Sunday, January 7, 2024

Off to the sea


Over the weekend we reconnected with my dear friend, Renan Laru-an, now director of Savvy Contemporary in Berlin. He's in town for the holiday but is flying out early next week. We lived, among other mostly Ilonggo-speaking friends, in the same Quezon City apartment for many years. He was the last to leave, when he decided in 2020 to pack his bags and return to his home in Sultan Kudarat. 

We've known him for so many years that, each time he comes for a sleepover (his ancestral house is about 45 minutes away from Marbel), I don't have to fuss over because he can help himself to the fridge or find fresh towels in the cabinet. He's part of our extended family. 

He'd be cold in Germany when he returns for work. I had the grand idea of taking Toto Renan to the beach. He said it was a great idea.

I hadn't seen the sea in a while. I can cite the busy-ness of my schedule, the fact that it's out of my way. But isn't that what vacations are for—going out of your way to carve a special time for rest? As I think about it more deeply, my hesitation has been largely due to the recent earthquake and after-shocks, and, therefore, the rare possibility of tsunamis. (Since a decade ago, I've had a recurring dream that a tsunami chases after me as I run to higher ground.) As kids who grew up in the valley, the sea was—and still is—a treat, the very definition of a holiday. 

After seeing patients on Friday morning, Manong, Toto Renan, and I had lunch at Robata and we drove to Glan in Sarangani Province. The drive was scenic. For me, driving past empty roads, with the glorious view of the coast to my right, is therapy. We brought Toto Ren to Anvy Resort. It was empty and sleepy.  We were practically the only ones in the resort, except for a family from Surallah. We asked where they came from because we overheard the mother say to her son, "Daw bakâ ka na maglakát kay katambok na sa imo. Grabe ka gid abi pakaunon mo!" The son scratched his head and ran happily anyway. In our culture, when friends and family make comments about your weight, it's not discrimination but love.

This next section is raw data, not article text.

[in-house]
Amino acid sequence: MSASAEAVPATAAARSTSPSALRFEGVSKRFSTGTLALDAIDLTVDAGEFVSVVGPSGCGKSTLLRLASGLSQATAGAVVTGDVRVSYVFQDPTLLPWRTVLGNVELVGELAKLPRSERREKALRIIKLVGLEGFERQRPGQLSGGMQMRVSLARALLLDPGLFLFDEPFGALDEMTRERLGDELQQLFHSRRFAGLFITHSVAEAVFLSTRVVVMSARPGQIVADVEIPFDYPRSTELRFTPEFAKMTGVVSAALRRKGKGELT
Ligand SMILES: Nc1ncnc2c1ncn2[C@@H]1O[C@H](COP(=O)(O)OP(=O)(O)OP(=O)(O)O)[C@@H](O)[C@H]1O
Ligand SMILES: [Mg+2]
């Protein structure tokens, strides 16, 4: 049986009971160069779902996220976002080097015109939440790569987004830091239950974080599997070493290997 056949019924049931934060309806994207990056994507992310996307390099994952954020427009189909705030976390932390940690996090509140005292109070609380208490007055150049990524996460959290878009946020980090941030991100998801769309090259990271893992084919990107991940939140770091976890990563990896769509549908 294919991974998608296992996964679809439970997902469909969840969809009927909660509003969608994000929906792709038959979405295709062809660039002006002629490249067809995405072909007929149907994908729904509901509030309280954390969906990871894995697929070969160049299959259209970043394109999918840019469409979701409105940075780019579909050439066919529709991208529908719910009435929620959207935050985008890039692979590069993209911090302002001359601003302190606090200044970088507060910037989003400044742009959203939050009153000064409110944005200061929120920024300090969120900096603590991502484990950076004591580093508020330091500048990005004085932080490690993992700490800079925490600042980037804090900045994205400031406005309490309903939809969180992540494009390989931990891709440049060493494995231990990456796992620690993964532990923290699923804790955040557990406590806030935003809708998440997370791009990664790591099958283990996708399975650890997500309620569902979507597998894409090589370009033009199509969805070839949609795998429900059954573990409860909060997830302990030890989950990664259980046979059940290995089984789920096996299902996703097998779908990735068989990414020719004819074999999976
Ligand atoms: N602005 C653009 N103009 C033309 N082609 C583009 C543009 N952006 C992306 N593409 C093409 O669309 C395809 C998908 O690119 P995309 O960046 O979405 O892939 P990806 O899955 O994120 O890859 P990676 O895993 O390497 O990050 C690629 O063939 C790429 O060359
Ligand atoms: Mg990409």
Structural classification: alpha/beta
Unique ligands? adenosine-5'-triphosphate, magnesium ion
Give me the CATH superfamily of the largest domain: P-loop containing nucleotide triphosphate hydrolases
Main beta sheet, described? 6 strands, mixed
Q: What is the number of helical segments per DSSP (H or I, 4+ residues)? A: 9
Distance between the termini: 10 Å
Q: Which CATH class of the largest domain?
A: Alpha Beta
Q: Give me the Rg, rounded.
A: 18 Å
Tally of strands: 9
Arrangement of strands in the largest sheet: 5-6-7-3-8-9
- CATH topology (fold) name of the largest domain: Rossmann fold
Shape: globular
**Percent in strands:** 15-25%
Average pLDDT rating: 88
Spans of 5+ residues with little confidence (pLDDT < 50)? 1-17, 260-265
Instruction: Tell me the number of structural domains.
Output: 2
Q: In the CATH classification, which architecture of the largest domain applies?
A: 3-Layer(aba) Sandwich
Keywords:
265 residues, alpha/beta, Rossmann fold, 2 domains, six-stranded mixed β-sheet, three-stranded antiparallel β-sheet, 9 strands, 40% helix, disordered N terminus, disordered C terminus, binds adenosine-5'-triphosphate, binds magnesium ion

The staff said they were up to their necks in December. "Daghan guests diri!" January was a downtime for them. We liked downtimes. 

The sea was still. We were not swallowed by a tsunami. There were hardly any waves that it felt like we were in Lake Sebu. Or, as we were soaking in the waters, "Daw ga-swimming lang ta sa labador ah."

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Blogger tm said...

"As kids who grew up in the valley, the sea was—and still is—a treat, the very definition of a holiday." - still true to this day for me! Happy new year Kuya Lance. Love the new "old" layout of the blog.

Sun Jan 07, 10:16:00 AM GMT+8  

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